The Association of Health Care Journalists sent letters this week to several federal agencies and a medical journal objecting to the uneven handling of embargoed news.
The AHCJ letters were addressed to officials at the National Institute of Mental Health, the Department of Health and Human Services, the Centers for Disease Control and Prevention and the American Academy of Pediatrics to protest the recent handling of embargoes on two autism studies.
The Association of Health Care Journalists objects to any effort by the Journal of the American Medical Association to silence whistle-blowers who call attention to potential conflicts of interest involving study authors. It could discourage potential whistle-blowers from coming forward with crucial information that physicians and the general public urgently need to make informed decisions about medical care.
The Association of Health Care Journalists has urged President Barack Obama to end inherited policies that require public affairs officers to approve journalists' interviews with federal staff. A letter sent to the Obama administration points out that such policies hamper newsgathering and make it difficult for reporters to fulfill their obligation to hold government agencies accountable.
The Association of Health Care Journalists supports full and timely public access to the results of government-funded research. It believes legislation introduced this month by U.S. Rep. John Conyers Jr. and others would constitute a blow to the public's right to access vital scientific data.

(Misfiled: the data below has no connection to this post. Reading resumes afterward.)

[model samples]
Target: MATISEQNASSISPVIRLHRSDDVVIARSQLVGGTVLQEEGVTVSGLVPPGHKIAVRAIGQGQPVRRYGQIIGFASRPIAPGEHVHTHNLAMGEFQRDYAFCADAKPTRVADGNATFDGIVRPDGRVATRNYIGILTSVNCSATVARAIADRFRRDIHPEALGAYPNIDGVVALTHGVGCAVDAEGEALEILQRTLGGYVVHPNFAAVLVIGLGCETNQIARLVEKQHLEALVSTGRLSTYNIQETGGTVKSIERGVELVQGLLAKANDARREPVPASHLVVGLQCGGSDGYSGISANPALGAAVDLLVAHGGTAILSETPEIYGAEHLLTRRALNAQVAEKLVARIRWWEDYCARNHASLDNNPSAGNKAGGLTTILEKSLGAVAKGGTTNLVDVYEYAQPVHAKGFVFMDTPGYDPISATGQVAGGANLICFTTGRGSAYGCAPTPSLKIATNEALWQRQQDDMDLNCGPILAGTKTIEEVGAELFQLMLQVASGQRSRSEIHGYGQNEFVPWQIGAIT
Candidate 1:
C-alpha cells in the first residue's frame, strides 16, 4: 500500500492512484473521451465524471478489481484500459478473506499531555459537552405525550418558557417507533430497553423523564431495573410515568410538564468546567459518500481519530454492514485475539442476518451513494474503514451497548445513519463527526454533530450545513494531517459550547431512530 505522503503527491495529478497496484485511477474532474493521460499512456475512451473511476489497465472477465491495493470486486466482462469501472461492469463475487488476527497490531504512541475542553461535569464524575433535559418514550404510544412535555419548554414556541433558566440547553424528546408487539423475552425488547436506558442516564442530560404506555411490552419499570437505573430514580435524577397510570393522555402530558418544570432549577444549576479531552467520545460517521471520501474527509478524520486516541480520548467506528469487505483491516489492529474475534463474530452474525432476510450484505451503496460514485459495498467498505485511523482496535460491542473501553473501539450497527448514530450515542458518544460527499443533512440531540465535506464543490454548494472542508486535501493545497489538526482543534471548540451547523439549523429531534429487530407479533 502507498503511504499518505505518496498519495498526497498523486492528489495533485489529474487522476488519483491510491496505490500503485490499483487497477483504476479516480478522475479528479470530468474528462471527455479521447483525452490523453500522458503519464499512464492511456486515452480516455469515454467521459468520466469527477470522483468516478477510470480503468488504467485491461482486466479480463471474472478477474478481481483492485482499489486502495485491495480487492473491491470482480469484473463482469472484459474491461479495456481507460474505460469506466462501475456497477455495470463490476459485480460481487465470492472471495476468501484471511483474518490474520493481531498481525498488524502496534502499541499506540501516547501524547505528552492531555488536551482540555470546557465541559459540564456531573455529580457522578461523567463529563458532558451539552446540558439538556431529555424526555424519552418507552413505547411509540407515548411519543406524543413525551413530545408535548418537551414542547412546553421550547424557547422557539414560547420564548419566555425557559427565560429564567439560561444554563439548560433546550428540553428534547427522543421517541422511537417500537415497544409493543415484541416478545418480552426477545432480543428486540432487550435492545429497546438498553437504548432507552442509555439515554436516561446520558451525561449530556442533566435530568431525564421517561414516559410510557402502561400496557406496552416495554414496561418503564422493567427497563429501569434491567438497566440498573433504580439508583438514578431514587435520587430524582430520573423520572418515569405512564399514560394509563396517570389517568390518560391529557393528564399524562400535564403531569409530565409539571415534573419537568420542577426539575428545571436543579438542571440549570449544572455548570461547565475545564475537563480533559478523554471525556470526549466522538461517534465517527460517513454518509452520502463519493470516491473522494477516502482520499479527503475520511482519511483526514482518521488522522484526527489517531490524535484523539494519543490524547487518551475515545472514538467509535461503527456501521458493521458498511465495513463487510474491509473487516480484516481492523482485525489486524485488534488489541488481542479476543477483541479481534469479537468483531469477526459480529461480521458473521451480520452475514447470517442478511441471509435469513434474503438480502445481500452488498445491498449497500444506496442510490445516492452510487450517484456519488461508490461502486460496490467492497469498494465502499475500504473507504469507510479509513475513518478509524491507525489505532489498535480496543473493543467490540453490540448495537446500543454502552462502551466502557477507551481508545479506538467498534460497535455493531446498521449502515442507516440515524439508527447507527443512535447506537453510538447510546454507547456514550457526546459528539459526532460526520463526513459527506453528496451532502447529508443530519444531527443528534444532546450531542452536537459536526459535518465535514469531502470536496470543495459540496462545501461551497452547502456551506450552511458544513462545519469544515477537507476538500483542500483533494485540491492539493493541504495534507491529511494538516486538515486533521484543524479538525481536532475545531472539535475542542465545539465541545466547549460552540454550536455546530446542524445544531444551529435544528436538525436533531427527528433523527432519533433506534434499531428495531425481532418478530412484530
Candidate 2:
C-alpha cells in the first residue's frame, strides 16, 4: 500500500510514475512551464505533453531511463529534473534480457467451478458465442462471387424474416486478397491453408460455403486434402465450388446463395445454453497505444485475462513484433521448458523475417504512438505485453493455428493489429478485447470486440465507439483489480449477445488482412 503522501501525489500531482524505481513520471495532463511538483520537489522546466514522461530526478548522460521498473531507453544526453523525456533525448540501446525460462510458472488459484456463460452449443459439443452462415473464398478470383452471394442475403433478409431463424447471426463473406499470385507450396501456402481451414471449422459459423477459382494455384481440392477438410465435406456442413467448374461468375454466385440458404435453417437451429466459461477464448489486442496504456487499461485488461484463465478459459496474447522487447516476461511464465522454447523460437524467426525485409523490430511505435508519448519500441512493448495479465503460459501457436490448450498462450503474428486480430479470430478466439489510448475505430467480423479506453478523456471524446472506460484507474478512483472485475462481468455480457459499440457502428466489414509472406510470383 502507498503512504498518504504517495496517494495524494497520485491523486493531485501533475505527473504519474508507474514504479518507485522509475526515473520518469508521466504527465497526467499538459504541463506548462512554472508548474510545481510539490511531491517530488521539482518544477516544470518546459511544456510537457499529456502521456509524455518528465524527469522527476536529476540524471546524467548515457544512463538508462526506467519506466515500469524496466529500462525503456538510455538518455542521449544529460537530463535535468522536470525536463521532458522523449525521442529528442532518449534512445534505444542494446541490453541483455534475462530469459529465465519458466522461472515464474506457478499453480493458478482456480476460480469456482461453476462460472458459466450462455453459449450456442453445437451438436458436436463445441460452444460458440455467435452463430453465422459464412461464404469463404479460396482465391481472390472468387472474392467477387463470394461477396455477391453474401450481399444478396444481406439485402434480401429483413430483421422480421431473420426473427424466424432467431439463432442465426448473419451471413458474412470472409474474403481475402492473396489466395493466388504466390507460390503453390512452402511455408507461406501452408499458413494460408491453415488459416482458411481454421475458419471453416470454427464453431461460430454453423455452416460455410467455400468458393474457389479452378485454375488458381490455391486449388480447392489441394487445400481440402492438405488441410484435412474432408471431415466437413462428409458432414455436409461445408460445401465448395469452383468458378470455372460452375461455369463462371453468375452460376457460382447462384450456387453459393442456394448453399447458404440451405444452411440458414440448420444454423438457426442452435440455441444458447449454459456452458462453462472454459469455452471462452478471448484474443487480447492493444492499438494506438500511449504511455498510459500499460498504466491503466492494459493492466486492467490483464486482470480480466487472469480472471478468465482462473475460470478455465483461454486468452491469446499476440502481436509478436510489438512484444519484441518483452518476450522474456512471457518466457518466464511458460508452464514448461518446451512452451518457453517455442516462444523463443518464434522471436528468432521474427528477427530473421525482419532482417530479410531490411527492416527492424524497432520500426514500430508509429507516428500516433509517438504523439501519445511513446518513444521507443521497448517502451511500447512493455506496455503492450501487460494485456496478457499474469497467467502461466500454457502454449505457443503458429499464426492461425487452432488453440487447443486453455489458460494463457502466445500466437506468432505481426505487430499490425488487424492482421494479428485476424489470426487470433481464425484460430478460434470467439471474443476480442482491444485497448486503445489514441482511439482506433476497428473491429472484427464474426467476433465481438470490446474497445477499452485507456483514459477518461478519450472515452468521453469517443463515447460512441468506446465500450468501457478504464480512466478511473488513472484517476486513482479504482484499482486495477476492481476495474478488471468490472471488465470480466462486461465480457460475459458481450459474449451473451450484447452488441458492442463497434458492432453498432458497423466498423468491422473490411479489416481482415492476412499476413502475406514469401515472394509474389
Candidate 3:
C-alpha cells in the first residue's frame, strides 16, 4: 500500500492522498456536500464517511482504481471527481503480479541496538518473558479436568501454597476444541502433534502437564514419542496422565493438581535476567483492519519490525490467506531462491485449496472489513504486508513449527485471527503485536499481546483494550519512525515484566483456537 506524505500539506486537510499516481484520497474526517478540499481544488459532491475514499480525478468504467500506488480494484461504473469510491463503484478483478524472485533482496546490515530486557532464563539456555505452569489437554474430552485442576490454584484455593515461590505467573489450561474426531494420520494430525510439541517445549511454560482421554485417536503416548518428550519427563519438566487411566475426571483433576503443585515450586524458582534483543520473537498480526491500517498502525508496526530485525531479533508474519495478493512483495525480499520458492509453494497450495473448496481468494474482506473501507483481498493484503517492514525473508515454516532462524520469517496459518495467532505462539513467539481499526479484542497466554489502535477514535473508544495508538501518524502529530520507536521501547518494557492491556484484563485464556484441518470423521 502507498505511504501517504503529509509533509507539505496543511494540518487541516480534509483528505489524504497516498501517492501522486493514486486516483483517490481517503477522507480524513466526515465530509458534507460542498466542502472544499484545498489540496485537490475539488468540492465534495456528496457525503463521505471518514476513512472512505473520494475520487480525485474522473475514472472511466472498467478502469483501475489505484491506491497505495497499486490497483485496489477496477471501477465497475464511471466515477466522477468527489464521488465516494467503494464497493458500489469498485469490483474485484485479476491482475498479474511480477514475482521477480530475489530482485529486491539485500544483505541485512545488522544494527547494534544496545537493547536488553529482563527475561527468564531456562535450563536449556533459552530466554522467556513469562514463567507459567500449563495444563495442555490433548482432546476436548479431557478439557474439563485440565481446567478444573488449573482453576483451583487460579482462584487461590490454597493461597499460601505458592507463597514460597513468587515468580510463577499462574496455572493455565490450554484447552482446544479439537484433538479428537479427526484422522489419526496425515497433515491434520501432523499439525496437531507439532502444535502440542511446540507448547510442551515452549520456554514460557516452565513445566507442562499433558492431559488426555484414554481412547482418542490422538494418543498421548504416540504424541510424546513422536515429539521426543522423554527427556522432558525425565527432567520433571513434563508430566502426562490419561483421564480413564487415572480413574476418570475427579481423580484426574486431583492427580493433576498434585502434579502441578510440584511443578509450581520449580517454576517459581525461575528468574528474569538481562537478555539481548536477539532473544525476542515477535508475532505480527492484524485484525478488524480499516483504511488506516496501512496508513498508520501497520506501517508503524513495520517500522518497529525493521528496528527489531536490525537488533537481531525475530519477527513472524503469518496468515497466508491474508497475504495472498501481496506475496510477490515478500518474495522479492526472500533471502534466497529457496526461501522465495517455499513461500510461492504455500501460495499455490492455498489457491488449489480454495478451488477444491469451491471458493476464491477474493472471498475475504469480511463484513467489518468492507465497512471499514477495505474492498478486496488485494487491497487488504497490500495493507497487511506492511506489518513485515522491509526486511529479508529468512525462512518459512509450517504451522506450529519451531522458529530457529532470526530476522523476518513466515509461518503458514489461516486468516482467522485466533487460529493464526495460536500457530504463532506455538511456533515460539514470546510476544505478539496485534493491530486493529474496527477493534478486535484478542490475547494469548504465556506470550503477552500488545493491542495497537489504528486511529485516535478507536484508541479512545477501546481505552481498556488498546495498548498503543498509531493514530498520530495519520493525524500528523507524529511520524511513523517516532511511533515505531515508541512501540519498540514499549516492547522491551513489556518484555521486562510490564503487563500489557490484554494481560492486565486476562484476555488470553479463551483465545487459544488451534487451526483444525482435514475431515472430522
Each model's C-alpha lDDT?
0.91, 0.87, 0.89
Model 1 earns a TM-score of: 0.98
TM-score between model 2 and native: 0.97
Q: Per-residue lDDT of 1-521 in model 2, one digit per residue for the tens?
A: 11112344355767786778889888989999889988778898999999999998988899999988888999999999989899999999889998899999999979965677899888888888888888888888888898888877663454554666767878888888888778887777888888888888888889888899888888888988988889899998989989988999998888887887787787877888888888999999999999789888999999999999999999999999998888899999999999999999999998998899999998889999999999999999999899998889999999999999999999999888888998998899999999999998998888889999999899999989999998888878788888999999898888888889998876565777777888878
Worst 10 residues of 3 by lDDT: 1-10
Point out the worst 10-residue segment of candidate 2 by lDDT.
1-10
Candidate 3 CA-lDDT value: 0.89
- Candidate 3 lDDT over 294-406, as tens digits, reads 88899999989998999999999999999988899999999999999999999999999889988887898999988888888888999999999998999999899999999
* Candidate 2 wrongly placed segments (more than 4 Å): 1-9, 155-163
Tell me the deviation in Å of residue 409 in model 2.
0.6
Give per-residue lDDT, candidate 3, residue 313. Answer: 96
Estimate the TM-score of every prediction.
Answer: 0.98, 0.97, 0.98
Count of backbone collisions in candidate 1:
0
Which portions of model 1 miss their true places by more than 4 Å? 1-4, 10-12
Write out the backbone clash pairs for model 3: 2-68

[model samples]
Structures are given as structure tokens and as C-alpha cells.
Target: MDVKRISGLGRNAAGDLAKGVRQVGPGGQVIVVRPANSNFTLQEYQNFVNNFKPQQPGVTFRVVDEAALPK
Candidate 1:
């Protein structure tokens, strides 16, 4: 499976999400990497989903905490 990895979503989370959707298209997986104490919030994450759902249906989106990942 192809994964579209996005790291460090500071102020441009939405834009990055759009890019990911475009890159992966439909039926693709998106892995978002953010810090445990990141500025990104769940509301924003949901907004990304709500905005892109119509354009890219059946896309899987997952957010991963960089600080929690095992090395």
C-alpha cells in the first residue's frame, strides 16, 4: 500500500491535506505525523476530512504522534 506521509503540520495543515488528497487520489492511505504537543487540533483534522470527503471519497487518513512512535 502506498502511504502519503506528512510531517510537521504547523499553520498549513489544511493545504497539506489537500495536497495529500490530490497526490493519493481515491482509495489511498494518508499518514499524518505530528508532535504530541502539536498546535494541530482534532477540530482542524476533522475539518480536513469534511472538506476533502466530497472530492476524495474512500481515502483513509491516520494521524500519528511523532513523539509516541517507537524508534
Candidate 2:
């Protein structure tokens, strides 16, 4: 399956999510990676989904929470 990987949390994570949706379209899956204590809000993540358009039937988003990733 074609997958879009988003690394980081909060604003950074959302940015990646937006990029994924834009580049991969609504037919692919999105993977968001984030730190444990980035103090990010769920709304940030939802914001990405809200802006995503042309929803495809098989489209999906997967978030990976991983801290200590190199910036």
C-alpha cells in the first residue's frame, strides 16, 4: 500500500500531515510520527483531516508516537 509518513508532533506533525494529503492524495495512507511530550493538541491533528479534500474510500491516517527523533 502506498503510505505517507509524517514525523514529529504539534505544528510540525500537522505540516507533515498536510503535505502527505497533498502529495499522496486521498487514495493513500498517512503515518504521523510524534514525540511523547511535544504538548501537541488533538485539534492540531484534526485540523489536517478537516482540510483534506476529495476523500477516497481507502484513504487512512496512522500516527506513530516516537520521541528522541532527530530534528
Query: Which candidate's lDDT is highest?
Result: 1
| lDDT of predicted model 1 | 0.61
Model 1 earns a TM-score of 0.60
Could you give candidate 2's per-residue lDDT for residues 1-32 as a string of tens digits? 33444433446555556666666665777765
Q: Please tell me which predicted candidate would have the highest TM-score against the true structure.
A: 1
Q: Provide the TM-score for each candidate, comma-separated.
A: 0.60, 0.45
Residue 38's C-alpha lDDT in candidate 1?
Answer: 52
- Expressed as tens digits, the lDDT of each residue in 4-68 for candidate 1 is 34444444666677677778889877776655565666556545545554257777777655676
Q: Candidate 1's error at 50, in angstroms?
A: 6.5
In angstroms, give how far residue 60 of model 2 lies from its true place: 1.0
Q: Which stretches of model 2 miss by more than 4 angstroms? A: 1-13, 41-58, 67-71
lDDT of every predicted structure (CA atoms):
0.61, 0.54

Concerned by incidents in which hospitals have attempted to restrict newsgathering, the Association of Health Care Journalists strongly urges reporters to resist signing confidentiality agreements with hospitals. Confidentiality agreements typically aim to bar journalists from disclosing information they discover in the course of reporting at a facility, unless they obtain the hospital's approval.
More than two-thirds of health care reporters taking part in a First Amendment survey have had stories held or left unpublished because the Food and Drug Administration did not respond to FOIA requests in a timely manner. Only a third of reporters said they received a response within the required 20 days called for in the federal Freedom of Information Act. Many waited months or years – or never received requested data, according to the survey and analysis conducted for the Association of Health Care Journalists by graduate students at Northwestern University's Medill School of Journalism.